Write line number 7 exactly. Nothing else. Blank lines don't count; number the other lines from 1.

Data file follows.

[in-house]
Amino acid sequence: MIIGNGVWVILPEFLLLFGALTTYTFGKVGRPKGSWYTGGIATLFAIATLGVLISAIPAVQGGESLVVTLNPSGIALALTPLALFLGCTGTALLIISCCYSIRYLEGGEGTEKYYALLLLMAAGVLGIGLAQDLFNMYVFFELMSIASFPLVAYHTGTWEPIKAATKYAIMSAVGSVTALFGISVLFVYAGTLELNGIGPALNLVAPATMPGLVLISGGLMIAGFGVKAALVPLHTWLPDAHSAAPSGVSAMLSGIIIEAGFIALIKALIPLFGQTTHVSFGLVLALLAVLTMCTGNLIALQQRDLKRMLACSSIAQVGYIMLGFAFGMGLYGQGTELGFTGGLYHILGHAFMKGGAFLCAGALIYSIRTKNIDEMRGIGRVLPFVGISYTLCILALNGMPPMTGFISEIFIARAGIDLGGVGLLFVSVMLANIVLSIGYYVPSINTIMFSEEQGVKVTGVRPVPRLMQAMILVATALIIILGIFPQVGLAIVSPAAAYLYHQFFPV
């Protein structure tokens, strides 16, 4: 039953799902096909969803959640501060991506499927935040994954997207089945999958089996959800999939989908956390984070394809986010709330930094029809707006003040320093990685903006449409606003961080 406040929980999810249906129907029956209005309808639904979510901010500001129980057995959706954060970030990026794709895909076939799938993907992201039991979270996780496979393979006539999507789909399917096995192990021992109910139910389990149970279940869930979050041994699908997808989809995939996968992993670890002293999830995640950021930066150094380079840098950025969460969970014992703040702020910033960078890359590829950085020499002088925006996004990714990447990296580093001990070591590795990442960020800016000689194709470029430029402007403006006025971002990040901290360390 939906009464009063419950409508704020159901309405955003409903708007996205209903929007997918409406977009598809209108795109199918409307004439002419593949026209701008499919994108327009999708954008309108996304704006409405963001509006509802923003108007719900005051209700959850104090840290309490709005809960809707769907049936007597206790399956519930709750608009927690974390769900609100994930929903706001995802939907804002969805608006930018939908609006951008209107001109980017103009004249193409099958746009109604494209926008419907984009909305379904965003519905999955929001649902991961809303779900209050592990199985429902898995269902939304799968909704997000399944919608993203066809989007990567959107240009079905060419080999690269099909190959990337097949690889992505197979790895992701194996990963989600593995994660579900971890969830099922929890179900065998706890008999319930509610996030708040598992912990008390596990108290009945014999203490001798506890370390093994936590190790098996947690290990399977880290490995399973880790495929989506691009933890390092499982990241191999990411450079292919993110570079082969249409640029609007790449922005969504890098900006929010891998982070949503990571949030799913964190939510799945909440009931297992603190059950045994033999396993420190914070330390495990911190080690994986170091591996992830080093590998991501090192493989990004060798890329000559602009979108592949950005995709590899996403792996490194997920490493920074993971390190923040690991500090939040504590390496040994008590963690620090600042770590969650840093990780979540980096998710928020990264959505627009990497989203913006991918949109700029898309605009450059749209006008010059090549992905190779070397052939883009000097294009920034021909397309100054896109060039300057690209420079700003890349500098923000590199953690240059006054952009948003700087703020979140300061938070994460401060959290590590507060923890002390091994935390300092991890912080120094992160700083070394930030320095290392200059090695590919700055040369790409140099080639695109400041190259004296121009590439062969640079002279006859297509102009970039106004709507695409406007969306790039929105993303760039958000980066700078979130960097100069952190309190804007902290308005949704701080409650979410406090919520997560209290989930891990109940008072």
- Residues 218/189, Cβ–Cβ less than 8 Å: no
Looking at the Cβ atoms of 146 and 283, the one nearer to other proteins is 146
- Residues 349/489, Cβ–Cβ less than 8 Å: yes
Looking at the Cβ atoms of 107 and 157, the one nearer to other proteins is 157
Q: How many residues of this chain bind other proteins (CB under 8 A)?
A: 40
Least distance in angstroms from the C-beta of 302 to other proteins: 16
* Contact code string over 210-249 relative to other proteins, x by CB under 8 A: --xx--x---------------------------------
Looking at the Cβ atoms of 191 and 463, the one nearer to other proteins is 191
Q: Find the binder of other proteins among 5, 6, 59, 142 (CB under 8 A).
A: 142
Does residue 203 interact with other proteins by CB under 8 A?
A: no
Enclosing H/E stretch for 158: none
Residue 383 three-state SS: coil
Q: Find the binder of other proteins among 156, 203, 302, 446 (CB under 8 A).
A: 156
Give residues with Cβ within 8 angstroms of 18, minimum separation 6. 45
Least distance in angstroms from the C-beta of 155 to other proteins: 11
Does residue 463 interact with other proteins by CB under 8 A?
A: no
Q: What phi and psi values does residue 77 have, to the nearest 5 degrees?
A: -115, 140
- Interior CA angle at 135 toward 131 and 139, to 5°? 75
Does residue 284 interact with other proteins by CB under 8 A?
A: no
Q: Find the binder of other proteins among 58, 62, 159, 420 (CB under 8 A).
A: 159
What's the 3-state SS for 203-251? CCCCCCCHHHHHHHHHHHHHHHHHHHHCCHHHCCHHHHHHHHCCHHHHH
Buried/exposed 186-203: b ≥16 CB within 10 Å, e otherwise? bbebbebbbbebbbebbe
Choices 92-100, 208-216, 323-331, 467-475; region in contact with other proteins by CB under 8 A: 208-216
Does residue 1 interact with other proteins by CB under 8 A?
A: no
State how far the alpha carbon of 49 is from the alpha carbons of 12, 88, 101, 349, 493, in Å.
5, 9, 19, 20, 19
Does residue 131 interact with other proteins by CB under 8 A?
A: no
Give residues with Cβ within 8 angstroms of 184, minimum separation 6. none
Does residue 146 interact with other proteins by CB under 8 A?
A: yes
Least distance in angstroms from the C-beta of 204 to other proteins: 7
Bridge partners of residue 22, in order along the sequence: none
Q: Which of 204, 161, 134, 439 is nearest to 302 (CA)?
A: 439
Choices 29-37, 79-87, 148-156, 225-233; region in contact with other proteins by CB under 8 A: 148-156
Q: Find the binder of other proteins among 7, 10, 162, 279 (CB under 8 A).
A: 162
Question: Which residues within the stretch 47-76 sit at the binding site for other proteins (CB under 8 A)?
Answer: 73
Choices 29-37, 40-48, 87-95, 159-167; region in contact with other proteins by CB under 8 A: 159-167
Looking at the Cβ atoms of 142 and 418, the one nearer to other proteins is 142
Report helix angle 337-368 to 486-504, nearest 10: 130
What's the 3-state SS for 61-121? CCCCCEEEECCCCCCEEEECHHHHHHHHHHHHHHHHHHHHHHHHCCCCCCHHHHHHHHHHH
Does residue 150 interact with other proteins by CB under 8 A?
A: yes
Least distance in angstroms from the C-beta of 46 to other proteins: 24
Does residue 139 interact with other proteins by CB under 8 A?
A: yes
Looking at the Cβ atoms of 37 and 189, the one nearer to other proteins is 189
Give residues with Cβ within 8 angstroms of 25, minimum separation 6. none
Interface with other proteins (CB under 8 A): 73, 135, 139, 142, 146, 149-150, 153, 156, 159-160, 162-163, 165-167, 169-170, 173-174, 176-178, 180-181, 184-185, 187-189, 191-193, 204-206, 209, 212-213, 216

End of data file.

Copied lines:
Looking at the Cβ atoms of 107 and 157, the one nearer to other proteins is 157